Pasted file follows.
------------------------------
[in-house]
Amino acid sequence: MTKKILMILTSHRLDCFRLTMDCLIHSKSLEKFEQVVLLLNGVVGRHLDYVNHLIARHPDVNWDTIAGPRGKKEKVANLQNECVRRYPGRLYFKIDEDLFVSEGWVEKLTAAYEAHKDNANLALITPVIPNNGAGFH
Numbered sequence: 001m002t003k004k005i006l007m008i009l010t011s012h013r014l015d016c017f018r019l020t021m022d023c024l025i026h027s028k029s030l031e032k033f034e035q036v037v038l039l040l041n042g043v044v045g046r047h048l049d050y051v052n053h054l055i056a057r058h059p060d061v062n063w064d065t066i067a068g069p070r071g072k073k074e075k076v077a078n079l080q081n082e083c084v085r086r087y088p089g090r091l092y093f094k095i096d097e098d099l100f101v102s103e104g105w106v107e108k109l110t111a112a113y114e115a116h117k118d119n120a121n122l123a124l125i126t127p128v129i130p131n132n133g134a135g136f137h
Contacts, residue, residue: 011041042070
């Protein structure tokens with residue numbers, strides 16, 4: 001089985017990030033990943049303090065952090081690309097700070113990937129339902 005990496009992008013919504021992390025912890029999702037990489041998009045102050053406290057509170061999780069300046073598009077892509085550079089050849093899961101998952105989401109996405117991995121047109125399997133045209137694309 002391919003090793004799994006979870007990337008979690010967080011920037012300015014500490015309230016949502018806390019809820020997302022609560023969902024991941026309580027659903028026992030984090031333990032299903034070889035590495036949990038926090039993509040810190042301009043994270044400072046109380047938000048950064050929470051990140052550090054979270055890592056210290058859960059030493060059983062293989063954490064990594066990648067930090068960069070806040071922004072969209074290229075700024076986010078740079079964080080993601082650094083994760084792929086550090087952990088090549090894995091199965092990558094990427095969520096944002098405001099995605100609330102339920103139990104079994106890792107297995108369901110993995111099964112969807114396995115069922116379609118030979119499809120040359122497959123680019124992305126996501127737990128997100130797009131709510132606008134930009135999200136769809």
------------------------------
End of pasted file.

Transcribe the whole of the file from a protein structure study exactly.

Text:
[in-house]
Amino acid sequence: MTKKILMILTSHRLDCFRLTMDCLIHSKSLEKFEQVVLLLNGVVGRHLDYVNHLIARHPDVNWDTIAGPRGKKEKVANLQNECVRRYPGRLYFKIDEDLFVSEGWVEKLTAAYEAHKDNANLALITPVIPNNGAGFH
Numbered sequence: 001m002t003k004k005i006l007m008i009l010t011s012h013r014l015d016c017f018r019l020t021m022d023c024l025i026h027s028k029s030l031e032k033f034e035q036v037v038l039l040l041n042g043v044v045g046r047h048l049d050y051v052n053h054l055i056a057r058h059p060d061v062n063w064d065t066i067a068g069p070r071g072k073k074e075k076v077a078n079l080q081n082e083c084v085r086r087y088p089g090r091l092y093f094k095i096d097e098d099l100f101v102s103e104g105w106v107e108k109l110t111a112a113y114e115a116h117k118d119n120a121n122l123a124l125i126t127p128v129i130p131n132n133g134a135g136f137h
Contacts, residue, residue: 011041042070
């Protein structure tokens with residue numbers, strides 16, 4: 001089985017990030033990943049303090065952090081690309097700070113990937129339902 005990496009992008013919504021992390025912890029999702037990489041998009045102050053406290057509170061999780069300046073598009077892509085550079089050849093899961101998952105989401109996405117991995121047109125399997133045209137694309 002391919003090793004799994006979870007990337008979690010967080011920037012300015014500490015309230016949502018806390019809820020997302022609560023969902024991941026309580027659903028026992030984090031333990032299903034070889035590495036949990038926090039993509040810190042301009043994270044400072046109380047938000048950064050929470051990140052550090054979270055890592056210290058859960059030493060059983062293989063954490064990594066990648067930090068960069070806040071922004072969209074290229075700024076986010078740079079964080080993601082650094083994760084792929086550090087952990088090549090894995091199965092990558094990427095969520096944002098405001099995605100609330102339920103139990104079994106890792107297995108369901110993995111099964112969807114396995115069922116379609118030979119499809120040359122497959123680019124992305126996501127737990128997100130797009131709510132606008134930009135999200136769809």